To precisely identify the cause of the problem, it is a good idea to record your dog’s behaviour while you are absent. Based on the recordings, the behaviouralist can determine whether your dog’s behaviour is due to anxiety, fear, or frustration, or simply it does it to kill boredom.

What should you do to avoid these problems?

Before you return to your regular work away from your dog, take preventive measures to avoid future problems resulting from leaving it alone.

Remember that leaving your dog suddenly and being away for hours can be a traumatic experience for it. Before you return to work, observe the following rules:

  1. Make sure that your dog does not follow you everywhere. Make sure that it does not follow you when you enter another room, e.g. bathroom. Close the door behind you.
  2. At the beginning, leave your dog home for a short time, and then preferably extend the time gradually.
  3. Let your dog remember what you do when you leave home (e.g. touching the keys, putting on and taking off the jacket, etc.) and sensitise it to these activities.
  4. Before leaving, give your dog something to play, e.g. interactive toys filled with food. Remember to check how your dog plays with the toy first to ensure that it is safe. Not every toy is appropriate for every dog! For more on this, see the advice “Interactive Feeding
  5. Before leaving, take a quiet walk with your dog. It is not a good idea to let your dog “run around” just before leaving. A very long and active walk may tire your dog physically, but not mentally. Your dog will keep feeling strong emotions and will try to release them shortly after going back to normal state. Also note that your dog is provided will another stimulus as it feels great after a fantastic walk with its owner. As a result, your dog is likely to feel even more attached to you and experience even greater feeling of loss once you leave it home alone. There is no one to play with, there is no activity, there is no carer. The dog is too excited. The reward system (dopamine) is activated and the dog tries to find further stimuli to satisfy its needs. It is likely to snoop around the house, look for things to bite, pull out clothes or rubbish, etc. Alternatively, the panic system will activate.
  6. Also remember not to be effusive when you say goodbye to your dog. Dogs do not find it natural, unlike greetings. Busy your dog with something so that it knows that your leaving does not mean anything bad.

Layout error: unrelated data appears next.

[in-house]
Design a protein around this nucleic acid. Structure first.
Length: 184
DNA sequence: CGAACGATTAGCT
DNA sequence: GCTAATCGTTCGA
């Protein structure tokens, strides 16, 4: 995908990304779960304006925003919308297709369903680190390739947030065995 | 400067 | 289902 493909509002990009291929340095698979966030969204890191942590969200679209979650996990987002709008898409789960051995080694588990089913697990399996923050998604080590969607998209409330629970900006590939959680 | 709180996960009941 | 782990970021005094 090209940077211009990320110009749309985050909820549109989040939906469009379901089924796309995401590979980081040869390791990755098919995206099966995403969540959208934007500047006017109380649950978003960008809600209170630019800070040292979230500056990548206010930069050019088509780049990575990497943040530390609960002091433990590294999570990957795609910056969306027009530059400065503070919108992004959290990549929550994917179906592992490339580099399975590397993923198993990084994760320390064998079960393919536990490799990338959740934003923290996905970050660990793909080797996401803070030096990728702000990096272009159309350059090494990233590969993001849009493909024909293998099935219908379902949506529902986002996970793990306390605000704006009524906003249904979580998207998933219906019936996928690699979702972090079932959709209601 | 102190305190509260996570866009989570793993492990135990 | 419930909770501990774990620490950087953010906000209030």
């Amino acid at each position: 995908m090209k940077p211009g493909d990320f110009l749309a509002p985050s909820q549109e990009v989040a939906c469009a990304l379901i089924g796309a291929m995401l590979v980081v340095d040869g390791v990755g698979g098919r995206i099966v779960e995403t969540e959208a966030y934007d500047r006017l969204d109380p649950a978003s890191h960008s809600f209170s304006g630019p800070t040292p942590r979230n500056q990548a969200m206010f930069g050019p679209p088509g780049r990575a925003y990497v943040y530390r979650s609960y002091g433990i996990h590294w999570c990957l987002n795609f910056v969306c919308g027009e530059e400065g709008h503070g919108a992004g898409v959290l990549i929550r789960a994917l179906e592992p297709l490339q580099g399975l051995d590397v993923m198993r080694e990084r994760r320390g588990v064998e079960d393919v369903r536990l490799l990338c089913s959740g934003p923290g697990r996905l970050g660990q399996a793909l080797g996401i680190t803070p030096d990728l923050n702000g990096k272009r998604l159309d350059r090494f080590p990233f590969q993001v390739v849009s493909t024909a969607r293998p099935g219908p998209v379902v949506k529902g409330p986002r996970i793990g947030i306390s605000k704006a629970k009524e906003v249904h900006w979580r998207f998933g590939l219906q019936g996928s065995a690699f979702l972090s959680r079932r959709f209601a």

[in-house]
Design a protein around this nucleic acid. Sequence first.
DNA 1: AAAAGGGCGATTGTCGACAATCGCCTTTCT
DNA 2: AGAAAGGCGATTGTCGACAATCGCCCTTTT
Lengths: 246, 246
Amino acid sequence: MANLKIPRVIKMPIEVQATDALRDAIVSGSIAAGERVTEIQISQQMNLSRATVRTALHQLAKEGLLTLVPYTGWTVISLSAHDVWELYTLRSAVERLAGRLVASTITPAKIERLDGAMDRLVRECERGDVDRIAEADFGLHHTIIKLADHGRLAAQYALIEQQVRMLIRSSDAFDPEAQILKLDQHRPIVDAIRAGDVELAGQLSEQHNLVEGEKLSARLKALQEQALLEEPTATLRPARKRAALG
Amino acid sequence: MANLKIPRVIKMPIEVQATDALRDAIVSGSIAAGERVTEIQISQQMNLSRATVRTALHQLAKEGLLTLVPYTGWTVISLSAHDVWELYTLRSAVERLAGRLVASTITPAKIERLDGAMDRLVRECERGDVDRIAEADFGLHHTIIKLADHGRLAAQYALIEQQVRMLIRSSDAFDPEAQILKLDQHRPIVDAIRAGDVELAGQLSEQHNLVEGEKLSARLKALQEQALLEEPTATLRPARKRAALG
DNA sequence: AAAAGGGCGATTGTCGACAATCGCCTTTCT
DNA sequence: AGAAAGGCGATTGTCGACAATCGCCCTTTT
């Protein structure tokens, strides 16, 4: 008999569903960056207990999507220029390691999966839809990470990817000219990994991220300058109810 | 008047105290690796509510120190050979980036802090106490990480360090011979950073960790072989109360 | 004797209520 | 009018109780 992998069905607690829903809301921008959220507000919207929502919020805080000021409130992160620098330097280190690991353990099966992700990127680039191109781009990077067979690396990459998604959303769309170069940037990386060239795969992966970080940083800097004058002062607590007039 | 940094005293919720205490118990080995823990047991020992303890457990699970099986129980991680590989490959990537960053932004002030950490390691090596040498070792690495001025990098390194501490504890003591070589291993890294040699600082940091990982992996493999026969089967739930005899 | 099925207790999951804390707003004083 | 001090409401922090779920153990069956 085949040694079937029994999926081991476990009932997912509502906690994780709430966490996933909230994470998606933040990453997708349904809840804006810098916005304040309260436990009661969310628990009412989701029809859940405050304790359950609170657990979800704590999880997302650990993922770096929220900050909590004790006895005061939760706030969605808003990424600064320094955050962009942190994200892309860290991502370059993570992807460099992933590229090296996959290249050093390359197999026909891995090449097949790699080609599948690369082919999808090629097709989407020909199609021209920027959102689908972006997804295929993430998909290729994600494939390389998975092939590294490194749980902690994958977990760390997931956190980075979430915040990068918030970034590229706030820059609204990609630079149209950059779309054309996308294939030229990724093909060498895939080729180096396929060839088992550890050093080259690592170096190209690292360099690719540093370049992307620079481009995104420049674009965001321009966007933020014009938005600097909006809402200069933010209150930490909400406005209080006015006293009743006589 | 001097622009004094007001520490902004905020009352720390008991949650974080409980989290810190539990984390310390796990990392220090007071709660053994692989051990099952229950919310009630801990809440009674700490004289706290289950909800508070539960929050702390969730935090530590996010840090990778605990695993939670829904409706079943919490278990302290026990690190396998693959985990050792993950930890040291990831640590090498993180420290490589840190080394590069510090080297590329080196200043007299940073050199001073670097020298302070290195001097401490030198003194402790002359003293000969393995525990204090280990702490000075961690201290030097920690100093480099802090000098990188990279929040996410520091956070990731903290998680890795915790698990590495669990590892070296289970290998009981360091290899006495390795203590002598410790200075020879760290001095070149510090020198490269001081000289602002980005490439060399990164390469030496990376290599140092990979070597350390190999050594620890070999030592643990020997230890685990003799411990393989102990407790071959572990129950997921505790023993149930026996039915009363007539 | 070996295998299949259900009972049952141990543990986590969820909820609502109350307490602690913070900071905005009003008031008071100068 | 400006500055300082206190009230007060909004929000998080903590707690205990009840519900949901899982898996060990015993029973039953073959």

7. Teach your dog to stay calm when you are away and ensure that it can relax. You can use outdoor scent games, e.g. looking for hidden treats during walk, or various indoor scent games. This includes snuffle mats, basics of nosework, logical toys or even classical chew toys.
  8. Some dogs may find it easy to calm down in a kennel cage. However, you will have to prepare your dog for this experience first, which is not an easy task. In addition, in the long run, your dog may find it tiring and uncomfortable.
  9. Use appeasing pheromones. They are fully safe and should be used 2–3 weeks before a potentially stressful situation. They help your dog calm down and relax.
  10. Dietary supplements rich in tryptophan, which is a precursor of serotonin, perfectly support the ongoing therapy or prepare your dog for a potentially stressful situation.

The primary aim is to prevent potential behavioural disorders. Since you know that the coronavirus pandemic has strong impact on the psyche of both humans and, indirectly, animals, plan your next steps in advance. Remember that dogs have a very strong bond with their carers, which is even strengthened during a long time spent together. This beautiful relationship may turn into the lack of a sense of security combined with solitude. Take measures to prepare your dog to be home alone.

dr Agata Kokocińska-Kusiak, Piotr Kleszczyński
Ethoplanet Etologiczne Centrum Szkoleniowo-Doradcze
Warsaw University of Life Sciences

10 July 2020